Nimrod is a statically typed, imperative programming language that tries to give the programmer ultimate power without compromising on runtime efficiency. This means it focuses on compile-time mechanisms in all their various forms. Beneath a nice infix/indentation based syntax with a powerful (AST based, hygienic) macro system lies a semantic model that supports a soft realtime GC on thread local heaps. Asynchronous message passing is used between threads, so no "stop the world" mechanism is necessary. An unsafe shared memory heap is also provided for the increased efficiency that results from that model.
Pythonect is an experimental general-purpose dataflow programming language based on Python. It provides both a visual programming language and a text-based scripting language. The text-based scripting language aims to combine the quick and intuitive feel of shell scripting with the power of Python. The visual programming language is based on the idea of a diagram with “boxes and arrows”.
HGL is a compiler/interpreter suite for developing images. It features its own simple but powerful language, Lua integration, output in various formats as well as runtime input handled by plugins, and easy integration into various environments like Web servers or graphical applications. The input is taken from a source file, which has to be compiled for quick and frequent access by the interpreter. An interpreter then runs the compiled files, takes input from custom plugins (if neccessary), and outputs its result via custom plugins.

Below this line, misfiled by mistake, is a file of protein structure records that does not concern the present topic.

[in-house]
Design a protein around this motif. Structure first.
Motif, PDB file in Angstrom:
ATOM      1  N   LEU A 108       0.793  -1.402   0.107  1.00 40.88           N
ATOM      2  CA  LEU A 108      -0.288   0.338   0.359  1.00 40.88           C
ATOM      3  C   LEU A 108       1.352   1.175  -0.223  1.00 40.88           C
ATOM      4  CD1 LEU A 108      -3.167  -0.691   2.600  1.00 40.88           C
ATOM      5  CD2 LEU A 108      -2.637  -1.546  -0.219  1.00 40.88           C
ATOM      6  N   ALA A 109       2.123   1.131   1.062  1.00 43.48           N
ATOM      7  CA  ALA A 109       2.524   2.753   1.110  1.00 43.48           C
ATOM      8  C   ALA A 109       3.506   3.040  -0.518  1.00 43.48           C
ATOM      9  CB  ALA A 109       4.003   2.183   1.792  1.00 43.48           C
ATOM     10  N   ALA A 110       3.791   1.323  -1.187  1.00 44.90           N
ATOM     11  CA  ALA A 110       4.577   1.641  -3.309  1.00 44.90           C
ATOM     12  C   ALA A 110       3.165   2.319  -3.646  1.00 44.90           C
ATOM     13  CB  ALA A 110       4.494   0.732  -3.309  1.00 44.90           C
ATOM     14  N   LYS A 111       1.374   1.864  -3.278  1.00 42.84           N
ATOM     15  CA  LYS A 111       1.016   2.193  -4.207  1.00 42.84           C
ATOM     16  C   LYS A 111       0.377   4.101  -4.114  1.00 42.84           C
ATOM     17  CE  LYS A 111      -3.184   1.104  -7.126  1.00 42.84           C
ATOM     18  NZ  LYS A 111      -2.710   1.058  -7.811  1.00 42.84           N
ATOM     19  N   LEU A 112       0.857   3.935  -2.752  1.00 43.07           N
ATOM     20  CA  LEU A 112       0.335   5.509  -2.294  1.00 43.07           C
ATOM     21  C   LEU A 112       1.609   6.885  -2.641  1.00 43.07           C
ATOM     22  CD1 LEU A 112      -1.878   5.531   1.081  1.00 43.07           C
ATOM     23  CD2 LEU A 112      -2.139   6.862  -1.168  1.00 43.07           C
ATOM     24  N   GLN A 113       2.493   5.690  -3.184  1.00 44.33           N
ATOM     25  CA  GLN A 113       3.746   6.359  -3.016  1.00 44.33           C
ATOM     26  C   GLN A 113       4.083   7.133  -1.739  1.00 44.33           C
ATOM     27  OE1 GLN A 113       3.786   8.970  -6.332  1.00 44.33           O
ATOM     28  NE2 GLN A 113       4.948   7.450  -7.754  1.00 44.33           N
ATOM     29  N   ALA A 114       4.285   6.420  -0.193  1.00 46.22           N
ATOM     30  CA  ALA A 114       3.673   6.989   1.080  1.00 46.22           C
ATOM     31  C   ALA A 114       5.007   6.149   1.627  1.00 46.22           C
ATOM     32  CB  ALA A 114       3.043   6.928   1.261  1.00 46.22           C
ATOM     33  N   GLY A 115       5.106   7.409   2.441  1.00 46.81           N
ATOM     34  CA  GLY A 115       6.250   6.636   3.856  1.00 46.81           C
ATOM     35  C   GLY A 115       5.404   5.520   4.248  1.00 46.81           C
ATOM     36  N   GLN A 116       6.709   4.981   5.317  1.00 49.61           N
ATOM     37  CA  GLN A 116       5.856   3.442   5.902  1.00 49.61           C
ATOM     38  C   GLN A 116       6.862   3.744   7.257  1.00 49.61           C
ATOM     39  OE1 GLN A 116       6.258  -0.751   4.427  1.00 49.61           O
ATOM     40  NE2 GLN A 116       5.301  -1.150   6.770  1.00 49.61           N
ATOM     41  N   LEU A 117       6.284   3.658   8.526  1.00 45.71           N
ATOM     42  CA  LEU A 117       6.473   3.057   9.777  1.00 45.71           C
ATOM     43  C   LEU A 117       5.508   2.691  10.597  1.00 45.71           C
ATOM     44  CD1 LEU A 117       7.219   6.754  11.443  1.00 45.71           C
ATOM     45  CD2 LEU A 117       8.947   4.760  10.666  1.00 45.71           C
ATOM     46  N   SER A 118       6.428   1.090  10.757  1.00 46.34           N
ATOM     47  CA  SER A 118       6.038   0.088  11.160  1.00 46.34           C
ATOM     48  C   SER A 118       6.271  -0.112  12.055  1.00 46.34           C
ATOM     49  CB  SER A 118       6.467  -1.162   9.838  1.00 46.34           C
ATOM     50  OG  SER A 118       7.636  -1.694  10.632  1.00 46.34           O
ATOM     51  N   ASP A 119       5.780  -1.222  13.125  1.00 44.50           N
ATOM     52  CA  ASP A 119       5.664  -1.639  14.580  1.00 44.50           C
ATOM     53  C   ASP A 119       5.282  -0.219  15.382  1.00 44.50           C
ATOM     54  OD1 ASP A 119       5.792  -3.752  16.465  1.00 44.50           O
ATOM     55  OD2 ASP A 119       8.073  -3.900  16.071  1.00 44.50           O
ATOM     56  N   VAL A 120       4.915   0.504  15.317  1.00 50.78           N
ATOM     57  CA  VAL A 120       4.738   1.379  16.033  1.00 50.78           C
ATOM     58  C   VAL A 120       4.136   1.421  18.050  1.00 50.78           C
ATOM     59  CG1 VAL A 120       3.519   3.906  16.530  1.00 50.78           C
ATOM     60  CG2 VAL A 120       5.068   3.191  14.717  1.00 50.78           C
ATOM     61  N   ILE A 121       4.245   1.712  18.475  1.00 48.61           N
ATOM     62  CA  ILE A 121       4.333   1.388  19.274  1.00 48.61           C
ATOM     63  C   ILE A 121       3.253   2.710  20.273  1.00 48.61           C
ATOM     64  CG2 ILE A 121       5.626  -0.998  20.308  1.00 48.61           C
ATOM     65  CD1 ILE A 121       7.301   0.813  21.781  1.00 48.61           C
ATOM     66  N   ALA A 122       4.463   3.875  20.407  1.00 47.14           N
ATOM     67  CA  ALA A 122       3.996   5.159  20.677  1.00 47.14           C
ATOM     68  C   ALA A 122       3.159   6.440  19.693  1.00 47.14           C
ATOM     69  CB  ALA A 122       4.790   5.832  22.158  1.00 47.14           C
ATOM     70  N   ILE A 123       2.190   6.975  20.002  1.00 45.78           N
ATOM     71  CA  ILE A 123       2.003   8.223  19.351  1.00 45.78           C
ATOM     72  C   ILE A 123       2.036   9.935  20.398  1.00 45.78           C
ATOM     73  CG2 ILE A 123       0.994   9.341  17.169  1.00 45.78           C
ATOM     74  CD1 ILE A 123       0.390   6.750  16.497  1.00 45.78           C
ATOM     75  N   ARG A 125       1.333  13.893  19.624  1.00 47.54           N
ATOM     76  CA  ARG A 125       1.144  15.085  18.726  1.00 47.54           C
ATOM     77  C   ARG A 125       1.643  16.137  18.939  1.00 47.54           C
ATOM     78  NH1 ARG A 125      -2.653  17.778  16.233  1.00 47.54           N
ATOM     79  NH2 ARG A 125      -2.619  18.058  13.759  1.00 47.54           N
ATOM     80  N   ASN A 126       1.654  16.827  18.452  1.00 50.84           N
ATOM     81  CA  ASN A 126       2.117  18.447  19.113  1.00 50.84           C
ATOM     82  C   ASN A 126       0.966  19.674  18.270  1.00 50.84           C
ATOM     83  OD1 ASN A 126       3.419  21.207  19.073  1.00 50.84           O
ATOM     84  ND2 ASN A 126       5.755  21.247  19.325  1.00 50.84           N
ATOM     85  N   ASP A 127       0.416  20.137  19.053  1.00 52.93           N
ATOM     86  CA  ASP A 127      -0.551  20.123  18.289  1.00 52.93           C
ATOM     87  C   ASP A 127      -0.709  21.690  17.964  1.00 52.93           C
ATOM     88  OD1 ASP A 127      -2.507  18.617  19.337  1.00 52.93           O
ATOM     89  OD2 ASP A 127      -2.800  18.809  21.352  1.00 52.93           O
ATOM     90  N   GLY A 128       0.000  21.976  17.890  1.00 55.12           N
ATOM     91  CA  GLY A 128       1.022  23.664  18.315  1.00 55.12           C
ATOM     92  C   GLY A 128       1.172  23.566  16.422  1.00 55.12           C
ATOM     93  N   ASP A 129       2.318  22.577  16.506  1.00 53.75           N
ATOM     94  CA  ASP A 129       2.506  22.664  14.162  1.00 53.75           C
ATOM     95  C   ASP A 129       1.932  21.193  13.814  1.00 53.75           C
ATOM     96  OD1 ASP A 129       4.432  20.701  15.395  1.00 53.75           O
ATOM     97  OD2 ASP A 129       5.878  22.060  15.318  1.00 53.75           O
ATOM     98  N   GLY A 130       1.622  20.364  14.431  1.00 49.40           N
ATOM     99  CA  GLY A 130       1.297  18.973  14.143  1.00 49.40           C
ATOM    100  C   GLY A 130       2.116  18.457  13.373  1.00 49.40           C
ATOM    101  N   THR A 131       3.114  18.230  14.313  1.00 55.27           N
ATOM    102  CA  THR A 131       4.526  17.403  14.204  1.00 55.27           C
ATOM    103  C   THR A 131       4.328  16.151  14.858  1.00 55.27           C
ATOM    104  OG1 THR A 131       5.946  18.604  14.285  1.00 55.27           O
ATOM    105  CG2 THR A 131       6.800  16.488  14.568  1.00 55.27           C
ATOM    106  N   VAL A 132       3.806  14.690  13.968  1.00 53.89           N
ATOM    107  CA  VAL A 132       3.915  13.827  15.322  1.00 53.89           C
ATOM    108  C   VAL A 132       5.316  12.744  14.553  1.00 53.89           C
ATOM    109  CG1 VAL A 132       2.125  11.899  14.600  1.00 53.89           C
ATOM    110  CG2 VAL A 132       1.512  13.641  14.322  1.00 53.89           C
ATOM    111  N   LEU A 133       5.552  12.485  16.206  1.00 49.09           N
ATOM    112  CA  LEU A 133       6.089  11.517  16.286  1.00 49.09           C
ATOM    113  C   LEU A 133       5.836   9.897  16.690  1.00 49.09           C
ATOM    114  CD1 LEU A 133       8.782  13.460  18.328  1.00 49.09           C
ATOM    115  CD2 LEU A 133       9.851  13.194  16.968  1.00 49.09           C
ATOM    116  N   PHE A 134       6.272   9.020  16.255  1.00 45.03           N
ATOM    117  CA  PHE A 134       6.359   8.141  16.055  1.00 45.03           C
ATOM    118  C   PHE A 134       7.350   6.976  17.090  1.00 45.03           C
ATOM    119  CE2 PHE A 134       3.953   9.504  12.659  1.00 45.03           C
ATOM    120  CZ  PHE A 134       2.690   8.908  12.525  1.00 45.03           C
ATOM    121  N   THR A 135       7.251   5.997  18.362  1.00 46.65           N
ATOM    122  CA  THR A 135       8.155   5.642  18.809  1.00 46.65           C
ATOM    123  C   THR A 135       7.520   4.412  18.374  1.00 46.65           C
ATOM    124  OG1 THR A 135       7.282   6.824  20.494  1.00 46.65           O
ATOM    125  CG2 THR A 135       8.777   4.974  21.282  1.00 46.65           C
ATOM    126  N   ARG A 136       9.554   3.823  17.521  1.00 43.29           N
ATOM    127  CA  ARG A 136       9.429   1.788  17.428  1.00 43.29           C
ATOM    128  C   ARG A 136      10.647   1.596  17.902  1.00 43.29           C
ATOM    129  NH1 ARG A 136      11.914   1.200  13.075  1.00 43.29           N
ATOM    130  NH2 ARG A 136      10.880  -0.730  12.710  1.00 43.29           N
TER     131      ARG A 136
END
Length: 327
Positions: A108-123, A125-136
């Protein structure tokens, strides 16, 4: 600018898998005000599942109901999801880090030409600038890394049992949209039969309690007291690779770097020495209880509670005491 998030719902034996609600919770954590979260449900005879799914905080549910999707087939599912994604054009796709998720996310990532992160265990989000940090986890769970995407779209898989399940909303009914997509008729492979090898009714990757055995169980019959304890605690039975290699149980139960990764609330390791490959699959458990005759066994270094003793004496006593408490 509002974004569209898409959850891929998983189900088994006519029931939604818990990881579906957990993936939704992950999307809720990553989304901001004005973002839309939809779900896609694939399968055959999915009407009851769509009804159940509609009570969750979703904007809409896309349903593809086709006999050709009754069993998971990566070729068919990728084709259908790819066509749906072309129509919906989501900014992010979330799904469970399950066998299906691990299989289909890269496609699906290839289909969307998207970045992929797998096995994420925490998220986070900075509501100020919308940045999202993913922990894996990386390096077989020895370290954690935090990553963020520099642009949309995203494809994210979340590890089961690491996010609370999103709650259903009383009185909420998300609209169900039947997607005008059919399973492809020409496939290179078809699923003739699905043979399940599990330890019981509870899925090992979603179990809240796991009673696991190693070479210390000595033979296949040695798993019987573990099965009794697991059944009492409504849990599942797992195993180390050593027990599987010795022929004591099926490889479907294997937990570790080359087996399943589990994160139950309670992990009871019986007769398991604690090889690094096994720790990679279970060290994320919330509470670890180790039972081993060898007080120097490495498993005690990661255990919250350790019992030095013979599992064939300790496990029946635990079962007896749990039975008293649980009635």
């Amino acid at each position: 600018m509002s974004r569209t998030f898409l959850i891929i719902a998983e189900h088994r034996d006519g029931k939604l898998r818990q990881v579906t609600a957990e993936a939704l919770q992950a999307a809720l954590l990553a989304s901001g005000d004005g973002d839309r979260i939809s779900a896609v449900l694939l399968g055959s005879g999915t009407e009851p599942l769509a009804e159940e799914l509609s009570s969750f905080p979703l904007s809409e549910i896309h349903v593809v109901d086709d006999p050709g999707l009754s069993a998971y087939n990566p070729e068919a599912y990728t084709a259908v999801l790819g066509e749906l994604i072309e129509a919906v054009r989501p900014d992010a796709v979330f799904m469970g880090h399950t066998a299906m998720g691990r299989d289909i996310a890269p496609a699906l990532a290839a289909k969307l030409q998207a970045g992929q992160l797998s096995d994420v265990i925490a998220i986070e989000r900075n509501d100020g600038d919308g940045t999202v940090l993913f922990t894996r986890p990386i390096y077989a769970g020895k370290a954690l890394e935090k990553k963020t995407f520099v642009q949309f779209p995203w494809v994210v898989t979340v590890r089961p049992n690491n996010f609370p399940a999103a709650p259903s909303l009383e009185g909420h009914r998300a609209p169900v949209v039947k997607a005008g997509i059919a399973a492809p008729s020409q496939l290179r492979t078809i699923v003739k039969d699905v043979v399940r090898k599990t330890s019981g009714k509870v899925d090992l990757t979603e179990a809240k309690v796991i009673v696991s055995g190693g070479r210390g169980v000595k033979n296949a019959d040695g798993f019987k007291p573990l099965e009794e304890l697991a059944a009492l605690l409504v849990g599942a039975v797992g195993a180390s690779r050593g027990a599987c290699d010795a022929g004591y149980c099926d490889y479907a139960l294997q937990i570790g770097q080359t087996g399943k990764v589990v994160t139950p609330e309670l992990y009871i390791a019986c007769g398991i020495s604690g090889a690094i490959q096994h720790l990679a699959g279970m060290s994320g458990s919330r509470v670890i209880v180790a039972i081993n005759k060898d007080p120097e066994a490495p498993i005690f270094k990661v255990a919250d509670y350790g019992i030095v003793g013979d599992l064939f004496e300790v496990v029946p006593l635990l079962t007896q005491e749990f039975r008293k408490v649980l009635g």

Qt for Urbi is a binding of the Qt library in Urbi, enabling you to create native graphical interfaces dynamically directly from Urbi. It exposes urbiscript events to ease the use of Qt signals and slots. Major and minor version numbers of the Qt for Urbi packages reflects the Urbi SDK version number for which they were built. Loading it in another version of the Urbi kernel probably won't work. For instance, Qt for Urbi 2.4.x will only work with Urbi SDK 2.4.y. It is still a bit experimental. Only the 32-bit Linux version is available, and not all classes and members are bound yet.
Shannon is a general purpose stream-oriented programming language; it is concise and yet feature rich. Streams, FIFOs, and Unix shell-style pipes are first-class concepts in the language. You can connect functions and FIFOs within your program similar to the way you connect processes with pipes in the Unix shell. These constructs in Shannon, however, are highly efficient as no true multitasking is involved, and at the same time they allow you to write more concise and readable code for chained data processing. State is a special type of function that returns a reference to its own local data and any nested functions it may have. In effect, states implement classes in terms of OOP, and yet classes per se aren't part of the language. A special type of modules marked as "persistent" is an effective replacement for databases and SQL. This allows you to access persistent shared data using native Shannon constructs, eliminating the need for an extra query language. Intuitive and minimalist syntax and semantics are used. Particularly, "minimalist semantics" means less things to remember and more possibilities. Shannon is statically-typed, although it provides dynamic typing facilities as well.